The CQC has warned of growing ‘care injustice’ with people’s experience of care depending on where they live.
This year’s State of Care report shows that while the quality of care in England has been maintained, and in some cases improved, some people cannot access the services they need, experience ‘disjointed’ care or only have access to providers with poor services.
Age UK estimates that 1.4m people do not have access to the care they need. The number of older people with an unmet care need has grown by almost 20% in two years to one in seven currently.
CQC Chief Executive Ian Trenholm said: “This year’s State of Care highlights both the resilience and the potential vulnerability of a health and care system where most people receive good care but where access to this care increasingly depends on where in the country you live and how well your local health system works together. This is not so much a ‘postcode lottery’ as an ‘integration lottery’.”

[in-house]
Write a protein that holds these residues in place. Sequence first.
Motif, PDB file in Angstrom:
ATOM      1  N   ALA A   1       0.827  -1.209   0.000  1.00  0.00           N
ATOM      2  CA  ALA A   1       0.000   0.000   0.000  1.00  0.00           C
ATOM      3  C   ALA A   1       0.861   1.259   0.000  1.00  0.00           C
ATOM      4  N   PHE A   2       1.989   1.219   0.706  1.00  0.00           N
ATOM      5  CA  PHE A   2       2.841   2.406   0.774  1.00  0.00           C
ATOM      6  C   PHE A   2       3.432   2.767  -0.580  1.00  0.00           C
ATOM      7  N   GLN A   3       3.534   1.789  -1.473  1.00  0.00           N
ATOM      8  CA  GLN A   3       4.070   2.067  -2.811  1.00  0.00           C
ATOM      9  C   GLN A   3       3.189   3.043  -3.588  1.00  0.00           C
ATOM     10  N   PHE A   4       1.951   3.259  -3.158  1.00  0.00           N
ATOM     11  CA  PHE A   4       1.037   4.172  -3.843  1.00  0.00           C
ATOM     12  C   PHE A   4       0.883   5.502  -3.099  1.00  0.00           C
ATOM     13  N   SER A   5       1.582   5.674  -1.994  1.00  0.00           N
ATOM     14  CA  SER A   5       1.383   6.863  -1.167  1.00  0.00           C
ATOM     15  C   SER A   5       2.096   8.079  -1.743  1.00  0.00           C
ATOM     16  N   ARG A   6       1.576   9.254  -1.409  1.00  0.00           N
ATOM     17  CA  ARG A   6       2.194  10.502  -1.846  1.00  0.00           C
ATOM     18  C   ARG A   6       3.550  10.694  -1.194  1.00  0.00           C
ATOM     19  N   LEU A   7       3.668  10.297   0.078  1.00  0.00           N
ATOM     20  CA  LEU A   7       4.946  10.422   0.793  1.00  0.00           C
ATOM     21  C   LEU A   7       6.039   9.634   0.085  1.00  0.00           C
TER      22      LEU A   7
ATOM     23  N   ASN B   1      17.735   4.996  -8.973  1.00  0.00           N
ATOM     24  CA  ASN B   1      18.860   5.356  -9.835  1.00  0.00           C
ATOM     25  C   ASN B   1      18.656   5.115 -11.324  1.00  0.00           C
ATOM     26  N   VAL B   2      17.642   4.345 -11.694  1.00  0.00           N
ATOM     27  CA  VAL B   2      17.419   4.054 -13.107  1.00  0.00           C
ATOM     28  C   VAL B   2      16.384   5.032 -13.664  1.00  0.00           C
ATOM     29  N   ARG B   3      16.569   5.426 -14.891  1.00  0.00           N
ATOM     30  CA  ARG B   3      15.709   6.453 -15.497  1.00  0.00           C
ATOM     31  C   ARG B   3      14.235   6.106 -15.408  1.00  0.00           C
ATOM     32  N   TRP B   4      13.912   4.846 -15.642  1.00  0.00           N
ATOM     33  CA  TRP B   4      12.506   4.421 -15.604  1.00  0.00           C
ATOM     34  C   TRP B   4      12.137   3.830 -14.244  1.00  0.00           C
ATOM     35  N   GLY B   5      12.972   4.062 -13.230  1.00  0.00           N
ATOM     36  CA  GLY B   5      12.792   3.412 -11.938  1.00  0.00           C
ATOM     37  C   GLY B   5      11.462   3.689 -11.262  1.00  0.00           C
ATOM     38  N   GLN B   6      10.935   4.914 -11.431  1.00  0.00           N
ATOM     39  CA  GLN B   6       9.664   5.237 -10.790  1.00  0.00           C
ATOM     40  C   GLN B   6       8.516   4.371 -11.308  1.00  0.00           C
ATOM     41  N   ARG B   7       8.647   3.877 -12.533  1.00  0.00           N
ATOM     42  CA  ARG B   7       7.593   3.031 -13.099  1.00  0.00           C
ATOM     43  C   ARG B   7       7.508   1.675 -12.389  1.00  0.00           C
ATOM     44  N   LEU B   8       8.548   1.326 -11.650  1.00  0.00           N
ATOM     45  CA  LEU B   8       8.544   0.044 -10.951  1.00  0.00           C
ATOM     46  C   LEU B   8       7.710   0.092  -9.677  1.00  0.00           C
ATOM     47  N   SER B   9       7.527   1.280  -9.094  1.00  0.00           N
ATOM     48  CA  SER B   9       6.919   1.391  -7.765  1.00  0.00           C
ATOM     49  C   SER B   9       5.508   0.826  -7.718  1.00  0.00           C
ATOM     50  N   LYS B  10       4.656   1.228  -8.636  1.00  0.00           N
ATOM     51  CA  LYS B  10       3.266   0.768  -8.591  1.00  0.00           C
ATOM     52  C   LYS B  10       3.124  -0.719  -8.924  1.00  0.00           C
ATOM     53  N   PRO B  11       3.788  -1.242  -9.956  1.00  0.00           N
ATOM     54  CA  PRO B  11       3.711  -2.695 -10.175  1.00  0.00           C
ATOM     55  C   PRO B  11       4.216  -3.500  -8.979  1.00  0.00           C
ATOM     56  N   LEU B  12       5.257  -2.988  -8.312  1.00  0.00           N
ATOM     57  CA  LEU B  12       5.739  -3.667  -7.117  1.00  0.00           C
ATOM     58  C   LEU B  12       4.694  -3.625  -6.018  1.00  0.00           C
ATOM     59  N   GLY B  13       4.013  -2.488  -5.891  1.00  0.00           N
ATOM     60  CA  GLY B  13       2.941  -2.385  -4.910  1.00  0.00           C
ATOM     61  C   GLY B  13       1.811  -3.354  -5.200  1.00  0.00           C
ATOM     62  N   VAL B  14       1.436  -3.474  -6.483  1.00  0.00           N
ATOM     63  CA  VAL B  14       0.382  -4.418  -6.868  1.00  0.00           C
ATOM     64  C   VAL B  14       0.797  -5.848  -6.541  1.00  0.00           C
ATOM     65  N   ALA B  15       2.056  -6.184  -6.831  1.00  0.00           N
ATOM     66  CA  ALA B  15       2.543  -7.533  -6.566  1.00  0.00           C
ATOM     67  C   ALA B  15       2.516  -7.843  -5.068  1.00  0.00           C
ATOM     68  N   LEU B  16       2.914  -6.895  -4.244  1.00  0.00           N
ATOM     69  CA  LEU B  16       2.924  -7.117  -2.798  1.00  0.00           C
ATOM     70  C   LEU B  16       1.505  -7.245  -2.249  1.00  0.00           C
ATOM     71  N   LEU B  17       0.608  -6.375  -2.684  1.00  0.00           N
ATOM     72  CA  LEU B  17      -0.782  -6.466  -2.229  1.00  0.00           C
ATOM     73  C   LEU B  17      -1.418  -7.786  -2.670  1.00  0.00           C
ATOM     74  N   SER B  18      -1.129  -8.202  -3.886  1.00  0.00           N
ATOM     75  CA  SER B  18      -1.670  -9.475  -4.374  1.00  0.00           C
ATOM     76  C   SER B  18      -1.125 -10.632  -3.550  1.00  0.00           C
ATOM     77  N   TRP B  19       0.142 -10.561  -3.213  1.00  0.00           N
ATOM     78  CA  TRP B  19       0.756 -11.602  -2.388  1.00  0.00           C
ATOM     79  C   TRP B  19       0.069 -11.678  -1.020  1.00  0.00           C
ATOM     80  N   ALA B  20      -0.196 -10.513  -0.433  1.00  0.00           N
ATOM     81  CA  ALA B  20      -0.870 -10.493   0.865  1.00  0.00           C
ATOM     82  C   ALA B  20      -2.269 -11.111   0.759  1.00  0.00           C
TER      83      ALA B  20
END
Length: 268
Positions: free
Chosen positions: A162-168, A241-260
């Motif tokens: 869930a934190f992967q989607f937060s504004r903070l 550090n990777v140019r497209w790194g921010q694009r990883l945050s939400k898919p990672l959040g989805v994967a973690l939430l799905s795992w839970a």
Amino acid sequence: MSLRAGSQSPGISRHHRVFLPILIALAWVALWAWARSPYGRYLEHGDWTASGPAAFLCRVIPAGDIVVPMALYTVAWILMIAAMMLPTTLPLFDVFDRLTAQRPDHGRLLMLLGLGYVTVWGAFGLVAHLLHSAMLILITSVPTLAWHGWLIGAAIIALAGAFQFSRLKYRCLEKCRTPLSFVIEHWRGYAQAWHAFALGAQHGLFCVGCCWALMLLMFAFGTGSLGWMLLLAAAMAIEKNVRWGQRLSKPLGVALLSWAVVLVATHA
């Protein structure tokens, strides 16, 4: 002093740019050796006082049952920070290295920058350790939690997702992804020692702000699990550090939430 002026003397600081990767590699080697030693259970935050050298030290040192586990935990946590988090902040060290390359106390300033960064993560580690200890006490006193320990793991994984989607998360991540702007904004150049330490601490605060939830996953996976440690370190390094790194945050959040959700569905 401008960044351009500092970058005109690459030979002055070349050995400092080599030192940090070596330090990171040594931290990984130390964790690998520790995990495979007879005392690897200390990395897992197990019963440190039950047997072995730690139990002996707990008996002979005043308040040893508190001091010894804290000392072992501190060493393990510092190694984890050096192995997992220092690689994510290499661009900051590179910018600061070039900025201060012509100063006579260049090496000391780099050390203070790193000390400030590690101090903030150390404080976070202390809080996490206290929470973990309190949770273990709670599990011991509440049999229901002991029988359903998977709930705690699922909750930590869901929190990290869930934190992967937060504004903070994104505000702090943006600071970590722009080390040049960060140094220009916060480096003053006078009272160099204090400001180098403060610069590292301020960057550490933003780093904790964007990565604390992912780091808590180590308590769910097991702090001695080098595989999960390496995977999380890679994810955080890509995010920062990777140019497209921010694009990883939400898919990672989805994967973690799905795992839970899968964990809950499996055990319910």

The CQC CEO called for incentives to bring health and social leaders together, including changes to funding to allow them to pool resources and invest in technology to improve care quality.
“The challenge for Parliament, national and local leaders and providers is to change the way services are funded, the way they work together and how and where people cared for and supported,” he said.
“The alternative is a future in which care injustice will increase and where some people will be failed by the services that are meant to support them, with their health and quality of life suffering as a result.”